Monday, December 11, 2017
Health

Trying to stop Zika's spread in South Florida

MIAMI — Gov. Rick Scott zigzagged around the Wynwood area of Miami on Thursday morning, talking with local business owners about what the state can do to combat the spread of Zika.

Centers for Disease Control and Prevention director Tom Frieden also surveyed the neighborhood Thursday morning, saying he was "impressed" by efforts to control the mosquito population in the area.

"They've got over a hundred teams in the field and ensure that people hear the key messages, which is get rid of anywhere the mosquito can breed," Frieden said. "This is a very difficult mosquito to control and this is a very vibrant neighborhood."

Frieden made the remarks with Miami-Dade Mayor Carlos Gimenez before addressing members of Congress and Scott privately at the Wynwood Community Center.

"There is no information to suggest there is a risk anywhere else in Miami," Frieden said. "In fact, the area we are concerned about is about 500 square feet right in the middle of the 1-mile radius where there have been infections."

State health officials have said, however, that they are investigating one locally transmitted Zika case that falls outside the 1-mile radius in Wynwood.

The 500 feet that Frieden mentioned is about the size of one apartment. He didn't confirm Thursday if a specific residence or business is where the cases were found.

"That 1-mile radius gives you a buffer zone around that 500-square-foot area," Frieden said. "We encourage women all over the U.S. to protect themselves."

As of Wednesday, the Florida Department of Health reported 15 locally transmitted Zika infections in Miami-Dade and Broward counties: 13 in Miami-Dade and two in Broward. Most of the cases stem from mosquito bites that occurred in and around Wynwood, health officials have said. The 15 cases are the first local Zika cases in the nation.

The CDC on Monday warned pregnant women not to travel to Wynwood, the first such travel warning by the federal agency against a neighborhood in the continental United States. Pregnant women are most at risk because if they get bitten by a mosquito carrying the Zika virus, they can deliver babies with severe birth defects, including babies born with brains that are not fully developed.

Meanwhile, Scott was displeased that Congress has not reconvened in Washington to fund Zika prevention. Congress recessed in July for a seven-week break that will last into early September without adopting a Zika funding package, which has been under debate since February when President Barack Obama requested $1.9 billion in emergency funding to help states combat the infectious disease.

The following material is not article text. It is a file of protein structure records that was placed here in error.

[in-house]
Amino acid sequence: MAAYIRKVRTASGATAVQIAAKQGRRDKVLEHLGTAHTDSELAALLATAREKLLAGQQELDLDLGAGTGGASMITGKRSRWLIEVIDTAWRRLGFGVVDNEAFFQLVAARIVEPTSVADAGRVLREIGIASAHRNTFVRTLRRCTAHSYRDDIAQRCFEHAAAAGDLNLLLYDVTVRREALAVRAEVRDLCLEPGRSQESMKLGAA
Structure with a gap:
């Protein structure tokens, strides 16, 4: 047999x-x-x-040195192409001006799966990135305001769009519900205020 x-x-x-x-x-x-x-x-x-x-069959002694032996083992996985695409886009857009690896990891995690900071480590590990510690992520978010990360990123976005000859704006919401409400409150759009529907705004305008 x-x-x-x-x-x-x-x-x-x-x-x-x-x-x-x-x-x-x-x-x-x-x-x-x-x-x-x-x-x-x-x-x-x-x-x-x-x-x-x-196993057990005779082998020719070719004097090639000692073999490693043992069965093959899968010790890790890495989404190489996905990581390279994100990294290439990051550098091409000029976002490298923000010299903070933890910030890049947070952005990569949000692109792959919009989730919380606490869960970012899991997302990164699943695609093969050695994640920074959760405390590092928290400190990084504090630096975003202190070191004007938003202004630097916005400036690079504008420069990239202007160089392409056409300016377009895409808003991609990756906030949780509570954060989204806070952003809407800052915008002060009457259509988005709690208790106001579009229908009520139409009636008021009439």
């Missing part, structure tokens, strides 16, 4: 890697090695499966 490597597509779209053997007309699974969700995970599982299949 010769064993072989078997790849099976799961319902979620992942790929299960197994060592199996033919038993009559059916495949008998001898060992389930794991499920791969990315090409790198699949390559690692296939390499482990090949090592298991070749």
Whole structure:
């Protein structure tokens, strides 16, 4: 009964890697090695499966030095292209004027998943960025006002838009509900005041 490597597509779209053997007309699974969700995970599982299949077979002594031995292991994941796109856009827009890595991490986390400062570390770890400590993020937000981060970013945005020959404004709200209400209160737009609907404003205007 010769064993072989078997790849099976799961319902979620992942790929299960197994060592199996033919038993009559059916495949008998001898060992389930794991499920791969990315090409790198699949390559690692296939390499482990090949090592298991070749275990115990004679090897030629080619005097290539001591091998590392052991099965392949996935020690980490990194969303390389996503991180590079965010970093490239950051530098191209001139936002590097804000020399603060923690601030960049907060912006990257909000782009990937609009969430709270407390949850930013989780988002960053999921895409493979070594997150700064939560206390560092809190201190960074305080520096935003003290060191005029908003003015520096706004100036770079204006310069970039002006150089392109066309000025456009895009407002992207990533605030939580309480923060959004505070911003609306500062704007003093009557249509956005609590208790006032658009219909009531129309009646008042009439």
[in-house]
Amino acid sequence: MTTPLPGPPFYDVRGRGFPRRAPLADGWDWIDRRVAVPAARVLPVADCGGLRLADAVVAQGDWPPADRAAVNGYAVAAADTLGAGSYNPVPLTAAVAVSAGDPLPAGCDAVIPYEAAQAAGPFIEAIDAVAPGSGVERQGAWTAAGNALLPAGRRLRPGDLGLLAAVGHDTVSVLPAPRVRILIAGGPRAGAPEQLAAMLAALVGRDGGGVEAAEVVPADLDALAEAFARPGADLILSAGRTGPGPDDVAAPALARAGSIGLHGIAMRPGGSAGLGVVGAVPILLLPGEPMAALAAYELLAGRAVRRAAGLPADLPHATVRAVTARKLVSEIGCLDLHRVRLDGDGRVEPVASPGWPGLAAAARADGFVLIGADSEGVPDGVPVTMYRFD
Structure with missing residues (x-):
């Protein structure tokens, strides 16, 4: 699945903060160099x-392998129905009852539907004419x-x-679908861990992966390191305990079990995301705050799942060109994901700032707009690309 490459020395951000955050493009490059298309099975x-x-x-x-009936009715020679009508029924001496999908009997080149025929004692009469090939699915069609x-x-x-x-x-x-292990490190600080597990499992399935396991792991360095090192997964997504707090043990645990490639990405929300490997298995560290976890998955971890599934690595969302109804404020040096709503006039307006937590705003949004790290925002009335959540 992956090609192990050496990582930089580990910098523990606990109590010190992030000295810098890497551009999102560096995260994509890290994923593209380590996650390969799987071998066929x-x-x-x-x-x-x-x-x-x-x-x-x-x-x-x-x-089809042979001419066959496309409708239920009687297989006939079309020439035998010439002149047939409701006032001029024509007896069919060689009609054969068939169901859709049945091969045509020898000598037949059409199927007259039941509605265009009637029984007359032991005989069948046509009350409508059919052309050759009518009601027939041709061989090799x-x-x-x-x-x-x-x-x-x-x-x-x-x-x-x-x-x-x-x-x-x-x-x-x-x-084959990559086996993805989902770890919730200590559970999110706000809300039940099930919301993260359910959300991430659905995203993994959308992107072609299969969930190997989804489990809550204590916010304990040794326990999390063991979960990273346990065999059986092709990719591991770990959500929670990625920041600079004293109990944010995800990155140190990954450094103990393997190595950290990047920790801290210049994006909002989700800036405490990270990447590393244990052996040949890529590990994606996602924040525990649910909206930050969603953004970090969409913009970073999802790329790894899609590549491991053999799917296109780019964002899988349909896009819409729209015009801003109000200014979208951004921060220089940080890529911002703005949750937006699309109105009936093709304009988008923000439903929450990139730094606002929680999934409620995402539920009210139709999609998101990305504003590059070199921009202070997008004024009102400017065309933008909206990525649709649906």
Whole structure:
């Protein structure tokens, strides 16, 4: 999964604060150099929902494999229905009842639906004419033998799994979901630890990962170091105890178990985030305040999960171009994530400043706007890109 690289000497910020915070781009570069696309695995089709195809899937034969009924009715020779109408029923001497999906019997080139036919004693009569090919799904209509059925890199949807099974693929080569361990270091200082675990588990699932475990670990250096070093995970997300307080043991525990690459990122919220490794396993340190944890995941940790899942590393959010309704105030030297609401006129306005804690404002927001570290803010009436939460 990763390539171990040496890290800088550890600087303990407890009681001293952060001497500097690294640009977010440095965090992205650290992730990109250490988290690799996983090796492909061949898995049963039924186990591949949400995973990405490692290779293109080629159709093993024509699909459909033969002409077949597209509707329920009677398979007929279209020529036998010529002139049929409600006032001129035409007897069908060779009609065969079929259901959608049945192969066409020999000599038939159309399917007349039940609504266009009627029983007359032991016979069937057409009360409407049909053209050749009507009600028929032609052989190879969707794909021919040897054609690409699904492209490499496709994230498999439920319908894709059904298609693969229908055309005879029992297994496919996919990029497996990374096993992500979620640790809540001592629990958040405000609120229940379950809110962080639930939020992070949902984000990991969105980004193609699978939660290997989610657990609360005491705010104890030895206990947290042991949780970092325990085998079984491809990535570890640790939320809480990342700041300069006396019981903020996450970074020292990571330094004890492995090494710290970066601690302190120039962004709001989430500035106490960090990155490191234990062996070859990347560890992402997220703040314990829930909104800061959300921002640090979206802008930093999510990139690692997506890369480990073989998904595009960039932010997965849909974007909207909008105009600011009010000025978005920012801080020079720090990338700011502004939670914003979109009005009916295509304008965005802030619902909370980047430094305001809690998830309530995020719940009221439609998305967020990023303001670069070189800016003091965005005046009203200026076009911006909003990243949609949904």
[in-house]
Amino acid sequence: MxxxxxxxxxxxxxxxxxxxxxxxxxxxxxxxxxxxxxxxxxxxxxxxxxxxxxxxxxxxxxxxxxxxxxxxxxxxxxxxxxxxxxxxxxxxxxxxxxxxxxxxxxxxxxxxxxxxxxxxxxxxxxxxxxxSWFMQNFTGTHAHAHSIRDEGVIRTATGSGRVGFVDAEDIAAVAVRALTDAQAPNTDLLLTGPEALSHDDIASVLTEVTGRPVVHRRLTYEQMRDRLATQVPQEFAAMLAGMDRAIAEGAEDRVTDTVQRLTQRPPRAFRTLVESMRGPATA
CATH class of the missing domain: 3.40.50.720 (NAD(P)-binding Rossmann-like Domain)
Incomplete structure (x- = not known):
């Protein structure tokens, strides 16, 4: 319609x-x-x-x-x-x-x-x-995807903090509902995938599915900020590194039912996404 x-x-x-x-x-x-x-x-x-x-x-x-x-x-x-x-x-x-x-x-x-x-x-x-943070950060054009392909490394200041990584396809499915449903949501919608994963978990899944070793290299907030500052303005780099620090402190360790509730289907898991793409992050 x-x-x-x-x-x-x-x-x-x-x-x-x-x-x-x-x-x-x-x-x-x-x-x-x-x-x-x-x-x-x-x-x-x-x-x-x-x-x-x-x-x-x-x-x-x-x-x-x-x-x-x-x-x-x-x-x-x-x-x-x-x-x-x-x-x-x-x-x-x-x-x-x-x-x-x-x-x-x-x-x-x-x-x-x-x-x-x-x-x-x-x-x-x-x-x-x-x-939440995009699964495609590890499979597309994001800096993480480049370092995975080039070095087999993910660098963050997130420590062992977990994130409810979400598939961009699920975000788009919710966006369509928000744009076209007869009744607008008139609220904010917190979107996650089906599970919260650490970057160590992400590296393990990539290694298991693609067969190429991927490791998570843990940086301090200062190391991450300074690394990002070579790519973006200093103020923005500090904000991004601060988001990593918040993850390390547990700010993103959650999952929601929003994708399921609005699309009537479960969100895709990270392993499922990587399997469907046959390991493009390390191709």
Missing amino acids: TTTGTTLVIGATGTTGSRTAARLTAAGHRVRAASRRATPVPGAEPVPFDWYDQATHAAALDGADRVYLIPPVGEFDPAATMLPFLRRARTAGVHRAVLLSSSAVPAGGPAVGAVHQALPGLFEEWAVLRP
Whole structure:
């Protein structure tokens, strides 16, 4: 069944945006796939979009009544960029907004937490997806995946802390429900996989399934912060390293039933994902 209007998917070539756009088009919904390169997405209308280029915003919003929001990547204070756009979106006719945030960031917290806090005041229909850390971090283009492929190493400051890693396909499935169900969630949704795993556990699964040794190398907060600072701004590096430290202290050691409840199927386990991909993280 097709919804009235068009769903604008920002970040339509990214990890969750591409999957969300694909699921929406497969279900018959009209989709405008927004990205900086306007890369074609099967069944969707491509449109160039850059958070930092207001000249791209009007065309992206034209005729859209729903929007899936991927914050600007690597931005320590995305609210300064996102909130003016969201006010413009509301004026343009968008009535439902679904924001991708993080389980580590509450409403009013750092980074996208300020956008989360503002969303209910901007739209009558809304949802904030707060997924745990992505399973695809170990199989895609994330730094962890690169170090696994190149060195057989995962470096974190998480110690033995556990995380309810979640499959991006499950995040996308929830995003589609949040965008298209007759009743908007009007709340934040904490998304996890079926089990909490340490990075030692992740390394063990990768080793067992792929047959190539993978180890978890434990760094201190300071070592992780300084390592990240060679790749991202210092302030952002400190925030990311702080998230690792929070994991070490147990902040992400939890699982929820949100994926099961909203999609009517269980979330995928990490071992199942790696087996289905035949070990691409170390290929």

"The president and Congress have to figure out how to work together," Scott said. "I have to work with my Legislature if I want to get anything done. This is a national, international issue and I think the federal government has failed us."

Scott did not acknowledge the funding issues that Miami-Dade mosquito control has faced, saying that "we have very successful mosquito control around the state."

"If you look at what we've done with dengue fever, chikungunya, we've stopped the local transmission of those," Scott said. "We're going to do the same thing with this. We have good mosquito control and good county health departments that are working well together."

Scott has pledged that Zika tests will be provided free for all pregnant women statewide. But since testing supplies are limited and not all the available tests are equally effective at detecting the virus, the explosion of demand has overwhelmed the public health agencies that Floridians are relying on for answers, said Ellen Schwartzbard, an OB/GYN at South Miami Hospital.

"I don't feel the Department of Health is prepared for this right now," she told the Miami Herald.

Miami Herald staff writer Daniel Chang contributed to this report.

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